As leaders of the G20 group of major economies prepare to meet in the United States this week, a British aid agency is calling for them to live up to promises made for more financial aid to the world's poorest nations. The Catholic Agency for Overseas Development says poor countries have been hit hardest by the global recession and need help now.  

The British aid agency says it wants to remind G20 leaders to live up to promises of aid.

Catholic Agency for Overseas Development policy chief George Gelber says G20 leaders will be discussing the 'green shoots of recovery' at their summit, but in many parts of the world the worst effects of the global crisis are still to come.

Gelber says in many of the poorest countries across the world the financial crisis is leading to devastating social decline.

In Zambia, he says, the downturn in global demand for copper - the country's main export - has led to unemployment across the country.  Almost 20,000 miners have been laid off since the economic downturn began, and Gelber says many of their children will not be going back to school.

"Of course in our own country in Britain we are going through the downturn like the United States. But all children, virtually, have
returned to school in September. We cannot say the same in Zambia. In fact we made a calculation that up to 11 percent of their school children - that is 250,000 children - might not be returning to school," said Gelber.

Gelber says the G20 need to contribute more money toward the world's poorest through a new fund set up earlier this year. The Rapid Social Response Fund targets the most vulnerable families, often at a local, household level.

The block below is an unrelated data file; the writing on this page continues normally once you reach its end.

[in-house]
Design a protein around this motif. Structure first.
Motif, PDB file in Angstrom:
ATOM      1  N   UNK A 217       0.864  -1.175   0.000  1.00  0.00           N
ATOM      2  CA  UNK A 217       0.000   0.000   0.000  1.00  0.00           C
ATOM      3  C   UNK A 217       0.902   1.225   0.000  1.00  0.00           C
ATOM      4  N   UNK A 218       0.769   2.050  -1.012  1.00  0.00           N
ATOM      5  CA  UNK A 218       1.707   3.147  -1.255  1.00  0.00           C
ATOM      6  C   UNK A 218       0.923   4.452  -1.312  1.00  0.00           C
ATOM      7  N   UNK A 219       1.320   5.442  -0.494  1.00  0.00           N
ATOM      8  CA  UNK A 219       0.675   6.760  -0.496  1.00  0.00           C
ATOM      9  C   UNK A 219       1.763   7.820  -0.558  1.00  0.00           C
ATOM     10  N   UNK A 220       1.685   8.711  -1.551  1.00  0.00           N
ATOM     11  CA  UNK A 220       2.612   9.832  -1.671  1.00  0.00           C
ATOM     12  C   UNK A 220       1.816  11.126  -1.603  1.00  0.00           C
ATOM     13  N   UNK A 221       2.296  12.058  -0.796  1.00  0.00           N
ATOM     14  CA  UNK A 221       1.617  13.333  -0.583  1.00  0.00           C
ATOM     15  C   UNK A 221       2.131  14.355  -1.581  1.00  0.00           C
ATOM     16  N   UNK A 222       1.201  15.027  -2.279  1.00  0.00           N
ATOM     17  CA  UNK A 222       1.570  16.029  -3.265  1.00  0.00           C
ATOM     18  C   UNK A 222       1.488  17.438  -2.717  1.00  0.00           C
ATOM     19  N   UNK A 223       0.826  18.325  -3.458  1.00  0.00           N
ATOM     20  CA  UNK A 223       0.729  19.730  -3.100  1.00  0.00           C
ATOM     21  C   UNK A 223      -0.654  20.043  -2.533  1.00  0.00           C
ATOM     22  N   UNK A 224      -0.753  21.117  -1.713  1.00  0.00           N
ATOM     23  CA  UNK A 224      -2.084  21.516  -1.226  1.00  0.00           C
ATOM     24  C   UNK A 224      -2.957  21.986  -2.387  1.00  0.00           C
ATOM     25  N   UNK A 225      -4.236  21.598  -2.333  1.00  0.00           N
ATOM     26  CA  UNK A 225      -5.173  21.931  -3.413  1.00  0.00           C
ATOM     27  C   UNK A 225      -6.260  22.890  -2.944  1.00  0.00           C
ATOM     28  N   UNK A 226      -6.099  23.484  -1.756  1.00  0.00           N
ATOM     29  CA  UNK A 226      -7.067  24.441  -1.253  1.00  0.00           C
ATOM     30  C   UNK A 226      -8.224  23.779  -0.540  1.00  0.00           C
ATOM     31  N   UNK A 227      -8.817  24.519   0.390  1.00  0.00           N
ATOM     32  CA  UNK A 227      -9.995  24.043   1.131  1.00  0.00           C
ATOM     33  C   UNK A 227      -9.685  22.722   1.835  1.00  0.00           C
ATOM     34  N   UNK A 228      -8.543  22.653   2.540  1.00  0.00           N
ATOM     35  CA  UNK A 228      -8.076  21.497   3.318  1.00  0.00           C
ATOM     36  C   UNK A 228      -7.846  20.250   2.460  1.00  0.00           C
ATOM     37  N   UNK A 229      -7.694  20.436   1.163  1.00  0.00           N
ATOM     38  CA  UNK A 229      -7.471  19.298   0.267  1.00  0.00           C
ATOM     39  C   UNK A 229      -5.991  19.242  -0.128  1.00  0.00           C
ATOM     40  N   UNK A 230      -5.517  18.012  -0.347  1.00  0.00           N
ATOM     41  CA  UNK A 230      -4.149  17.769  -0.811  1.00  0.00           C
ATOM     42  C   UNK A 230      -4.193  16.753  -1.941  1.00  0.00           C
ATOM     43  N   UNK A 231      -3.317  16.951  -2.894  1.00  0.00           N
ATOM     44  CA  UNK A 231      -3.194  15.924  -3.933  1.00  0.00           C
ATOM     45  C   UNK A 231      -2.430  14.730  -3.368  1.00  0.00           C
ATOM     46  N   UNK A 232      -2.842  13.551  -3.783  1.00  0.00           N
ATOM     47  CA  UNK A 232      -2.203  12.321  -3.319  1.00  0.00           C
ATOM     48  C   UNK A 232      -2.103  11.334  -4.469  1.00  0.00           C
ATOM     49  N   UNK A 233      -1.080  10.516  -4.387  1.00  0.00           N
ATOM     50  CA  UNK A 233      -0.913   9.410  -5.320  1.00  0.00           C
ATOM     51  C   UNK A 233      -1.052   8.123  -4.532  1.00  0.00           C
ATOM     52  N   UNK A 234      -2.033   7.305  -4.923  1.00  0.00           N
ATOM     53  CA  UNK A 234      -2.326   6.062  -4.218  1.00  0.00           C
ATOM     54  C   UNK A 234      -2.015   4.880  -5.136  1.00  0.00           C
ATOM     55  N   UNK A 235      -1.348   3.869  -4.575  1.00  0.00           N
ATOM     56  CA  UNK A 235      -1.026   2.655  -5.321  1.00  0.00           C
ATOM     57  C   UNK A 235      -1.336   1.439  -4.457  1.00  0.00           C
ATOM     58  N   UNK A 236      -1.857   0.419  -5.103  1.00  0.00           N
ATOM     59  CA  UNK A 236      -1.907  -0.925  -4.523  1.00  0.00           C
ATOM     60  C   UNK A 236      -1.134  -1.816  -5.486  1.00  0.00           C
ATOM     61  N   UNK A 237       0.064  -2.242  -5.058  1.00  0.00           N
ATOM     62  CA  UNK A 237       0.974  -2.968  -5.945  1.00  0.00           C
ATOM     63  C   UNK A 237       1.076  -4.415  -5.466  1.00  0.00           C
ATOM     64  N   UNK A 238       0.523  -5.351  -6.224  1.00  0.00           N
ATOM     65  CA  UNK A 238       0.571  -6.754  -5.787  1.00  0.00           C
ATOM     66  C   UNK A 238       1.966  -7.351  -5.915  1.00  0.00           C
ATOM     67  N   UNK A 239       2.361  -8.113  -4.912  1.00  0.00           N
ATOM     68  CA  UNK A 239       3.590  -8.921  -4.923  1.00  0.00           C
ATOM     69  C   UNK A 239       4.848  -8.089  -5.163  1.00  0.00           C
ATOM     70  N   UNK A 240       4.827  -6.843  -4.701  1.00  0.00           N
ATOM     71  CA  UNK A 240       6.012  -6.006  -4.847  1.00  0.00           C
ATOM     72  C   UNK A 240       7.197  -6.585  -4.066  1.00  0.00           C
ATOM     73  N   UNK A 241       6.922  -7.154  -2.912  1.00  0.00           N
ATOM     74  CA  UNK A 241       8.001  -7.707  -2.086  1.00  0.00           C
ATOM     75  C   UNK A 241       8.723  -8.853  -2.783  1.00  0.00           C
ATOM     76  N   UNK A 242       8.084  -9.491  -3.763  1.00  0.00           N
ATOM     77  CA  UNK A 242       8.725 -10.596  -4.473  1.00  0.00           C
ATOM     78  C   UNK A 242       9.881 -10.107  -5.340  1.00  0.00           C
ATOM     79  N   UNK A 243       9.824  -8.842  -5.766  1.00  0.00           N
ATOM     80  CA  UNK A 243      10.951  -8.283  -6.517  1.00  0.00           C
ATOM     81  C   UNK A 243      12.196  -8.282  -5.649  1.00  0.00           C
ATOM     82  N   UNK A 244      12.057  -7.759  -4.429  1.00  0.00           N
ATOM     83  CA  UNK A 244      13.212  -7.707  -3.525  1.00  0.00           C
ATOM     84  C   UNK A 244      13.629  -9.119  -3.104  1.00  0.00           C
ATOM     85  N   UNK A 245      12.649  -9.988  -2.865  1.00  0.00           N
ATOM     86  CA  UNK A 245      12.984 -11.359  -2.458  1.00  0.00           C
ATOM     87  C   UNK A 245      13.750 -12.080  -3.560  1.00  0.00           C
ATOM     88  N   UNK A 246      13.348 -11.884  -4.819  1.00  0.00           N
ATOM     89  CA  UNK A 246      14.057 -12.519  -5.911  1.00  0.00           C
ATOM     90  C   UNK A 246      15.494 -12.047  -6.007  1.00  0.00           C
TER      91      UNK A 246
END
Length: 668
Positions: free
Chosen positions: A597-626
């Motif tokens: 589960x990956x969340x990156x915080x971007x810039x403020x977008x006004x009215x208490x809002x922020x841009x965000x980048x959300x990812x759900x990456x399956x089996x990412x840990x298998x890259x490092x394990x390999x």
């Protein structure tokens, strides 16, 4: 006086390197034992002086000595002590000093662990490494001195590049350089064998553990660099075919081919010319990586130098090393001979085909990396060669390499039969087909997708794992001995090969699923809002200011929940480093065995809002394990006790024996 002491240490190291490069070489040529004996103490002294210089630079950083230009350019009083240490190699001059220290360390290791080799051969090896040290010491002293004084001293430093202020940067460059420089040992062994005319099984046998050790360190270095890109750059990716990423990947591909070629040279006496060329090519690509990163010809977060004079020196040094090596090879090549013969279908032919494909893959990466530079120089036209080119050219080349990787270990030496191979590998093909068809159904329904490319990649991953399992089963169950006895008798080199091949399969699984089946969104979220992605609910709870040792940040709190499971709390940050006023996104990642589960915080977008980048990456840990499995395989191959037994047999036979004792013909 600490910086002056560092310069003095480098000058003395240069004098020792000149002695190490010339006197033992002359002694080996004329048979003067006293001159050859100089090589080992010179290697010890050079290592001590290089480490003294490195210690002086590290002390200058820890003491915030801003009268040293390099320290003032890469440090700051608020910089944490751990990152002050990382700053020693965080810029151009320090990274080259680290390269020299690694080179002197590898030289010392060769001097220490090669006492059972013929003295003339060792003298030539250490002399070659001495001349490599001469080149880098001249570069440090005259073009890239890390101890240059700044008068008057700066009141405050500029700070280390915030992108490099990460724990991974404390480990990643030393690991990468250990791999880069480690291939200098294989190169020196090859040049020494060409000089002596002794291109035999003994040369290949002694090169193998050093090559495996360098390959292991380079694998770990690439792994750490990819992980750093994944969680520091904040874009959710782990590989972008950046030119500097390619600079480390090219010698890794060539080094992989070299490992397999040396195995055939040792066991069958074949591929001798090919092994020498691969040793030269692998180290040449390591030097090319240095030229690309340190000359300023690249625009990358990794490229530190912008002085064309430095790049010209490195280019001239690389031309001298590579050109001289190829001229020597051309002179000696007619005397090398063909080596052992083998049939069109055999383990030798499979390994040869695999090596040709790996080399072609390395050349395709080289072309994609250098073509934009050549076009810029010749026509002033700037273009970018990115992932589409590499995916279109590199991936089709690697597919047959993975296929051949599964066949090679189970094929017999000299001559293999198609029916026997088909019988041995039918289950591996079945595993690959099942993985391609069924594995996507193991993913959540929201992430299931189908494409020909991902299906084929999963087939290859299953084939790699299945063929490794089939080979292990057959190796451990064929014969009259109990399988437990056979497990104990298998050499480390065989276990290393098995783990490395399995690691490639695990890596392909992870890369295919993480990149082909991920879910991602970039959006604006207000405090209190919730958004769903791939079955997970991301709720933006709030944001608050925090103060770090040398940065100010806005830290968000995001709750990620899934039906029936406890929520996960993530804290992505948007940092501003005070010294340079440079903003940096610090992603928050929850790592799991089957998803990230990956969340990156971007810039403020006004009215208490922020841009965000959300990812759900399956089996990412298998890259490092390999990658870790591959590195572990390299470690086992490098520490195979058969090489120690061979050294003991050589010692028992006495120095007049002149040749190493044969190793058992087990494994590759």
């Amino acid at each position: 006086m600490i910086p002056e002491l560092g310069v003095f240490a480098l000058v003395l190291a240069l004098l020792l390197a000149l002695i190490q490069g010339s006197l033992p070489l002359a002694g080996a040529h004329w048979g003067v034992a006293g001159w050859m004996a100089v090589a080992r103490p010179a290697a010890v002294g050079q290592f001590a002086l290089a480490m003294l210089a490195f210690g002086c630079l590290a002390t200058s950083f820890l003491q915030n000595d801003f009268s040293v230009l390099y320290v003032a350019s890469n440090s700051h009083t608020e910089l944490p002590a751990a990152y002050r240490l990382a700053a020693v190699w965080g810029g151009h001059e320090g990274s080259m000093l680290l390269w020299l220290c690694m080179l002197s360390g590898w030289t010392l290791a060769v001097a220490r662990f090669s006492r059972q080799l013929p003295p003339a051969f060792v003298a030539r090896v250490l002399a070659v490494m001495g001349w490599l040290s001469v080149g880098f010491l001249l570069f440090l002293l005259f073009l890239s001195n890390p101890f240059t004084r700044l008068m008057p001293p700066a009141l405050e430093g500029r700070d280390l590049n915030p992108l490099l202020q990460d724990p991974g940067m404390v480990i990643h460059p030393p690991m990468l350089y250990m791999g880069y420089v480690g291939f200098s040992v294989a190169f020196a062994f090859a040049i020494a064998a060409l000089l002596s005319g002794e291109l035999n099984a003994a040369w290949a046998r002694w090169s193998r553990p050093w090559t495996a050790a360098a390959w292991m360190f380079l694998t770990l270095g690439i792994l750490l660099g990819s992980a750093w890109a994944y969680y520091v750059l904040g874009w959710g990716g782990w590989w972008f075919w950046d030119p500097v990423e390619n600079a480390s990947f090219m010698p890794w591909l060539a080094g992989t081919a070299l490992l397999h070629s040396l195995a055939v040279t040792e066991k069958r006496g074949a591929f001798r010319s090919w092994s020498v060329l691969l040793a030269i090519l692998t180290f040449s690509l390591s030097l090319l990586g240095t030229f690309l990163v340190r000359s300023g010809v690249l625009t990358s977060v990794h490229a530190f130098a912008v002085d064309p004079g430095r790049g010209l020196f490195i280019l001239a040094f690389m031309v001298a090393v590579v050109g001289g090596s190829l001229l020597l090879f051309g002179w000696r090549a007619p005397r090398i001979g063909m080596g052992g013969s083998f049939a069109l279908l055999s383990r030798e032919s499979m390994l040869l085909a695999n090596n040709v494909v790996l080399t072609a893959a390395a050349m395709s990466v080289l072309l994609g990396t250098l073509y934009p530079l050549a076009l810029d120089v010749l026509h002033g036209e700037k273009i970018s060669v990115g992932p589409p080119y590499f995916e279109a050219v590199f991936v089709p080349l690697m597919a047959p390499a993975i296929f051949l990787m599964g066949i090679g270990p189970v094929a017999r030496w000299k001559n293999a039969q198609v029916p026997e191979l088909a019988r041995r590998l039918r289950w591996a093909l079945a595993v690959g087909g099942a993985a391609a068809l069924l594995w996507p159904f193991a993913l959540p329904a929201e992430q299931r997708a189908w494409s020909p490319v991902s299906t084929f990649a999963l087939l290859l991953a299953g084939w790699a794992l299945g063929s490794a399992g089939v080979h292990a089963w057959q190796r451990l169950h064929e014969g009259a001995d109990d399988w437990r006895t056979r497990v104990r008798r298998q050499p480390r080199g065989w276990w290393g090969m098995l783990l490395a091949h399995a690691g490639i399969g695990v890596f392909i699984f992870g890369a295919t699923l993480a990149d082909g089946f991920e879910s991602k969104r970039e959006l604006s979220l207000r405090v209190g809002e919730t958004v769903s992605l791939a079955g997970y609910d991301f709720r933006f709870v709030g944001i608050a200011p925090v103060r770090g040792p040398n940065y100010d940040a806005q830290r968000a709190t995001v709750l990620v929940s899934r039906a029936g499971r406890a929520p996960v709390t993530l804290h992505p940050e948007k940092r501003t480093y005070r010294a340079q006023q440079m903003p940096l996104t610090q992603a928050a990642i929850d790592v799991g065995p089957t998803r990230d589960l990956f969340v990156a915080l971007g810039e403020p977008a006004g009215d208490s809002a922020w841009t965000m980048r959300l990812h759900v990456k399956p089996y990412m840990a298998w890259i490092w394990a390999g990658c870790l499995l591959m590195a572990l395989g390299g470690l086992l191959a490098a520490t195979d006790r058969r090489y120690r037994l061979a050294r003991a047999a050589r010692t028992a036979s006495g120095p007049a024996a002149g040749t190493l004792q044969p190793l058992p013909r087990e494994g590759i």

"Back in April, the G20 made no commitment as to a particular target for this fund, but they said it would depend on voluntary allocations and as we say in the report it is still less than half a percent of the total $50billion. And we would like to see more money pledged to that fund, and we would like to see that fund dispersing money rapidly to developing country governments and NGOs as well, so that they can use it to help the
poorest and most vulnerable families," he said.

Political analyst Tom Cargill from the London-based research organization Chatham House, says a failure by world leaders to provide money pledged to the developing world is an ongoing problem.

"It is the whole story that there has been in terms of the disconnect between pledges and actual delivery of monies, and this is very common
and has been the case for many years now. We see the world food program closing camps in Somalia because pledged money has not come through. I am afraid that in terms of the track record of rich countries in following up on pledges it is patchy to say the least," said Cargill.

More financial aid to the world's poorest is needed, he says, but aid alone is not enough.

"That is just one small part of what needs to happen in terms of promoting private sector investment into Africa. And really moving towards an economic growth agenda rather than a development agenda. These African states deserve and indeed, I believe, will play an increasingly prominent role in global economic affairs and they need to be supported in doing that," said Cargill.

G20 leaders are to meet Thursday and Friday of this week in the U.S. city of Pittsburgh. It will be the third summit in less than a year in which world leaders have come together to discuss their reactions to the global financial crisis.